A large majority of Americans seek extra knowledge for personal and work-related reasons. Digital technology plays a notable role in these knowledge pursuits, but place-based learning remains vital to many.
The share of 18- to 24-year-olds who report having used online dating has nearly tripled in the past two years, while usage among 55- to 64-year-olds has doubled.
In order to thrive in the future, librarians will need to be great forecasters and innovators. Lee Rainie will describe how the Center’s research provides guideposts for librarians along three dimensions of library activity: the people, the place, and the platform, at the VALA2016 conference in Melbourne, Australia on Feb. 9, 2016
Survey respondents from the report Privacy and Information Sharing were presented with six hypothetical scenarios, each of which involved sharing some level of personal data in exchange for using a product or service.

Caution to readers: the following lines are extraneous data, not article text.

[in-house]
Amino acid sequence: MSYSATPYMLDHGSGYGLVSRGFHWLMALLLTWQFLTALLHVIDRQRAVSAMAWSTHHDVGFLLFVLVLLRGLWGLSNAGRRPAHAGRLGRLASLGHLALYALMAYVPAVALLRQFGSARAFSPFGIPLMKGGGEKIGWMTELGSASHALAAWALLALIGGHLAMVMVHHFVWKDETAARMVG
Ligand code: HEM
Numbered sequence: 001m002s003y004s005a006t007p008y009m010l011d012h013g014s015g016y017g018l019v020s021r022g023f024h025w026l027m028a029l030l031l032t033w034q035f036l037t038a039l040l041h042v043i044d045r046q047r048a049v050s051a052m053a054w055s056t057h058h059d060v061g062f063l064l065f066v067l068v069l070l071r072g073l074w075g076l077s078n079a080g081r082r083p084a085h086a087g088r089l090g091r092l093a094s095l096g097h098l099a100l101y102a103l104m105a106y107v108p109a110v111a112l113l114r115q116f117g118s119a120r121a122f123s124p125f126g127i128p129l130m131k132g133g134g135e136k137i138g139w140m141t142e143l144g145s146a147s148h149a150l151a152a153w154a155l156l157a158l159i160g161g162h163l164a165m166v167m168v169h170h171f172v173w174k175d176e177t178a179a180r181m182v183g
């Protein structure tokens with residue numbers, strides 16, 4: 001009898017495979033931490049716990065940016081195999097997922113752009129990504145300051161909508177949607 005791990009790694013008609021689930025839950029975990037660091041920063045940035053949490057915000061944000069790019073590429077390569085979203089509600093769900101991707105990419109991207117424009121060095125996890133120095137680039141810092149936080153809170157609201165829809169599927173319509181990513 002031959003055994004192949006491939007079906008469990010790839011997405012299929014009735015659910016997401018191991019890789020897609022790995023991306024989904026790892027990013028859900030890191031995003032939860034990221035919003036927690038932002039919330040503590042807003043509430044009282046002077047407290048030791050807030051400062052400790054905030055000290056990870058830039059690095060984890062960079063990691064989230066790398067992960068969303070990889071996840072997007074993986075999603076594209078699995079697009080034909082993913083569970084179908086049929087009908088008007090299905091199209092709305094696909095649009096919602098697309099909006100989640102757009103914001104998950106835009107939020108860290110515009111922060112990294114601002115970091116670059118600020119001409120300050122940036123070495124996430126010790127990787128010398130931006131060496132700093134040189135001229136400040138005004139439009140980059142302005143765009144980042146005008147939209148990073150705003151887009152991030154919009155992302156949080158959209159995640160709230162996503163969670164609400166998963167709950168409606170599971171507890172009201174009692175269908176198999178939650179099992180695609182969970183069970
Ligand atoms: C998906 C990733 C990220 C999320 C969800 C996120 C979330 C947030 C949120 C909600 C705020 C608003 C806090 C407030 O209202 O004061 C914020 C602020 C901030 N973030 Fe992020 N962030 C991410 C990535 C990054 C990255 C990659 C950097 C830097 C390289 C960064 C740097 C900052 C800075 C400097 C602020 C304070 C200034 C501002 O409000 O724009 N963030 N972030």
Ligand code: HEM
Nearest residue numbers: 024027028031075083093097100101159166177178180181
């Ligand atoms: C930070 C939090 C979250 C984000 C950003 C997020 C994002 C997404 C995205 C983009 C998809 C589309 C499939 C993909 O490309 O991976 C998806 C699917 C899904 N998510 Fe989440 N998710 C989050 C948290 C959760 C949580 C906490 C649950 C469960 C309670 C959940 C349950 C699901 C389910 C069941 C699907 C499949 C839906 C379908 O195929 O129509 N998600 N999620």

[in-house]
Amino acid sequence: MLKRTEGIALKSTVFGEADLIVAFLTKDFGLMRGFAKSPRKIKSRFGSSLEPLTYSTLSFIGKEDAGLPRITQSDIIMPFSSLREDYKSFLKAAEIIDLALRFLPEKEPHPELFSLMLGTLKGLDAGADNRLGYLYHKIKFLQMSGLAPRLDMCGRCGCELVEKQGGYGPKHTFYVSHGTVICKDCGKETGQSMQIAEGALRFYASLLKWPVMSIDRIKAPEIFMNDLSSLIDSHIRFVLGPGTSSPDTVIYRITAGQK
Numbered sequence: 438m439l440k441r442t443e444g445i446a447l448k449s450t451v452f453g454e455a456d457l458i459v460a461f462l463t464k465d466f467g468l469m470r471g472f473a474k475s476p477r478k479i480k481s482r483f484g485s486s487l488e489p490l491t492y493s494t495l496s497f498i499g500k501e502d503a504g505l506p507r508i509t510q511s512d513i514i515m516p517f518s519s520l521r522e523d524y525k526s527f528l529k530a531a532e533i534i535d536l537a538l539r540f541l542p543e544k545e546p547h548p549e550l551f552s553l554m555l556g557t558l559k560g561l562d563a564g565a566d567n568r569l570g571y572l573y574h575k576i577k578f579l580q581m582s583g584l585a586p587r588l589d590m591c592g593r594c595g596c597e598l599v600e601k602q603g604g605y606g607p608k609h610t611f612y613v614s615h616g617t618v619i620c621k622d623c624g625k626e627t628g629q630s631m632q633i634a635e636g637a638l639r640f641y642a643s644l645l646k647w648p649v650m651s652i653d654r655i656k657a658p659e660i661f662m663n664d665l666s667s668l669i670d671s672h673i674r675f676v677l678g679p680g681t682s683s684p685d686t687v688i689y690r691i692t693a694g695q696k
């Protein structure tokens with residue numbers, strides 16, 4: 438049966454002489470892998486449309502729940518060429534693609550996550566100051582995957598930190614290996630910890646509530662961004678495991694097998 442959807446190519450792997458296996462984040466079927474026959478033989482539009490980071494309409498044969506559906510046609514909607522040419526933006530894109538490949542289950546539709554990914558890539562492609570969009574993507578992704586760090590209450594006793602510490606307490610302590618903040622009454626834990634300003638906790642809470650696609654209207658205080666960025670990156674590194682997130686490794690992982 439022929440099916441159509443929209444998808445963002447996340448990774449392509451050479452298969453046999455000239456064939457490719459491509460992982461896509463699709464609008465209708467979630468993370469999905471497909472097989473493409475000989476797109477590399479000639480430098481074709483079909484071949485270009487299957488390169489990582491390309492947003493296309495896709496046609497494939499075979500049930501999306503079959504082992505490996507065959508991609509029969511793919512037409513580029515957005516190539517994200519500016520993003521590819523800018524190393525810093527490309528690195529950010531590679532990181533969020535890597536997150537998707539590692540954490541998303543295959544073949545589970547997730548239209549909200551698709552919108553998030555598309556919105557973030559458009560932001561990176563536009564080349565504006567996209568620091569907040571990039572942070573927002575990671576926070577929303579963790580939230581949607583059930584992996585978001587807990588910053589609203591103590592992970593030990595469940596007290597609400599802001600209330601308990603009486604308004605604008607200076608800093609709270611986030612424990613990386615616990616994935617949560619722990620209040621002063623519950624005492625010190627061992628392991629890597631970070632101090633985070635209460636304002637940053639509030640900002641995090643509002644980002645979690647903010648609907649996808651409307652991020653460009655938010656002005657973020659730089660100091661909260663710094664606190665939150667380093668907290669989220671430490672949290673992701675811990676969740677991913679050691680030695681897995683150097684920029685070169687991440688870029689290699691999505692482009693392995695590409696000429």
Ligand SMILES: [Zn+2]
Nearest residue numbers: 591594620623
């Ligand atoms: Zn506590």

Many Americans say they might provide personal information in commercial settings, depending on the deal being offered and how much risk they face.
Though the majority of Americans think most video games players are men, equal numbers of men and women report playing video games. Yet, men are twice as likely to call themselves “gamers.”
Americans' attitudes toward games – and the people who play them – are complex and often uncertain.
Lee Rainie discussed the latest Pew Research Center findings about the state of technology and media in 2015 at a presentation at the Tencent Media Summit in Beijing, China.
More Americans are using their smartphones during their job search, whether to look up information about a job, create a resume or cover letter, or fill out a job application.
The internet is a central resource for Americans looking for work, but a notable minority lack confidence in their digital job-seeking skills.